C:\Users\OLYMPIA\Desktop\Personal Andrea\UBITENNIS\T-TOOLS\Pics Products\line-calling-scheme.png

Operation scheme of line calls

Hawk-Eye

Estimated cost: 60-70 thousand euros per court on a weekly basis 

The Hawk-Eye system was created in the UK in 1999 and it was used for the first time in cricket (in 2001) in a test match between Pakistan and England. It was then used in the Davis Cup in 2002, then at the Australian Open in 2003, and it became an official tennis refereeing system in 2005. In 2010, Hawk-Eye was acquired by Sony. In competitions it is mainly used for electronic calls during matches, but the system also provides statistics about each player on every shot, service and rally.

C:\Users\OLYMPIA\Desktop\Personal Andrea\UBITENNIS\T-TOOLS\Pics Products\Hawk-Eye 2.jpg

Layout and arrangement of cameras

Source: http://www.studiosayers.com/ 

Essentially, the tracking system is based on the principles of triangulation, using visual images and timing data captured by high-speed cameras installed around the stadium, cameras that are calibrated and synchronized before each event.  These are usually positioned high above the courts in such a way that they can capture the trajectory of the balls with minimal obstructions.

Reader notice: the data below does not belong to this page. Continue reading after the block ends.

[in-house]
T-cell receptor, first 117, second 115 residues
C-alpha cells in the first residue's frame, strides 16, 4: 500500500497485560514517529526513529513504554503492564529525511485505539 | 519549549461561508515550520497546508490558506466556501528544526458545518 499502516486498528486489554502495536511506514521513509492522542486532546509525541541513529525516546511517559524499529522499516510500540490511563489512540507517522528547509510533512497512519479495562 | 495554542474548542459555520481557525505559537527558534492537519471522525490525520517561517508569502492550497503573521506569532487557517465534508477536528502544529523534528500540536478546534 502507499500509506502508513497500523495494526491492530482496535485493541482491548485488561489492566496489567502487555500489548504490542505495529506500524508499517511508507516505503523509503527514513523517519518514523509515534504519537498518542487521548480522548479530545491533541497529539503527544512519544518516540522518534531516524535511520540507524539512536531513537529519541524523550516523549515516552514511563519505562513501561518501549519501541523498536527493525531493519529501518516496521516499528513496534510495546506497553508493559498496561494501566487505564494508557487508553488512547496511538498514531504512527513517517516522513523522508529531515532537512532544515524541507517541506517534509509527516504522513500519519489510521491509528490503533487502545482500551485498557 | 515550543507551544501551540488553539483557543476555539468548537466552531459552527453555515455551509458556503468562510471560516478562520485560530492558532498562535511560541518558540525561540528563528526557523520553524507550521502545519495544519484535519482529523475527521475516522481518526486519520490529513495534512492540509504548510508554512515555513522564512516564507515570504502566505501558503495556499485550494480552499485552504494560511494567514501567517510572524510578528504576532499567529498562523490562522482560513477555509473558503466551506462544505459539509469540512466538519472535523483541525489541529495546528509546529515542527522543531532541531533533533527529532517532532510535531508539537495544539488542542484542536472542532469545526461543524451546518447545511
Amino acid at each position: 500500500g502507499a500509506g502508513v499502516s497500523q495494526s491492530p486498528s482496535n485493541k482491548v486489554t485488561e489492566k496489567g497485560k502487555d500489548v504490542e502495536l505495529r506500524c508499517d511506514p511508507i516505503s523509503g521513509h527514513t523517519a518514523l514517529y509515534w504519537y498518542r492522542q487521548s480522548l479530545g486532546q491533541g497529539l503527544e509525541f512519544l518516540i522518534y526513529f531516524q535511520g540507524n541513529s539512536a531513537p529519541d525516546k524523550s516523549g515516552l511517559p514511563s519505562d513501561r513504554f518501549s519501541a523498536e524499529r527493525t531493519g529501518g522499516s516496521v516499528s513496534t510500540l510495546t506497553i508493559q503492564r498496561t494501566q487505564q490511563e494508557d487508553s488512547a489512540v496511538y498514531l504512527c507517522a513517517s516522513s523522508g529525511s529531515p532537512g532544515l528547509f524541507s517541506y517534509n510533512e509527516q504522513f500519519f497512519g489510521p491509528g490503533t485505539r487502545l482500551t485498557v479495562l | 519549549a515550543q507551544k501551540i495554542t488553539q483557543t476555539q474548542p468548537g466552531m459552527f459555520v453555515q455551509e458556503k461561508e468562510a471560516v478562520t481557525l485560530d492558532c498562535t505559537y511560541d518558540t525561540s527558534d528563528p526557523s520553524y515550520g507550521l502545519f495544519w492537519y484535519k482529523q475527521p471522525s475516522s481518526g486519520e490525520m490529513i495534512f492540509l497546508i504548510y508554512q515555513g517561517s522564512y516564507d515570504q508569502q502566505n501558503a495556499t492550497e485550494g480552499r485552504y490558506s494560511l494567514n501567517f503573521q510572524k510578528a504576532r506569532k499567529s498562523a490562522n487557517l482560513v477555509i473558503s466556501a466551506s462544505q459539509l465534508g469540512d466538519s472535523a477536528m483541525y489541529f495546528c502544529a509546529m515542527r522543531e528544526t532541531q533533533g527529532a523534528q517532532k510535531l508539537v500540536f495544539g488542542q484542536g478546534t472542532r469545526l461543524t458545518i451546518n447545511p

Although there has been some controversy regarding the accuracy of the line call, which is able to guarantee a margin of error up to 3.6 mm, the system is generally considered to be reliable and accurate except for a few borderline cases. With regards the heated debates concerning the availability of the data generated by Hawk-Eye for fans, media and third parties external to the ATP and the IT companies appointed by the Slams, we plan to deal extensively with the subject in the next article. 

FoxTenn

Estimated cost: less than 50 thousand euros per court on a weekly basis 

The latest addition to the industry is FoxTenn, a company founded in 2012 and based in Barcelona, which has developed a technological system to compete with the status quo of line call accuracy.

The system is made up of 40 (ultra) high-speed cameras and 10 high-speed lasers positioned around the court. Each high-speed camera can capture images at 2500 frames per second (FPS), which is over ten times faster than any other system. Another difference compared to Hawk-Eye is the placement, as they are positioned at the far end of the court, and at ground level, rather than above it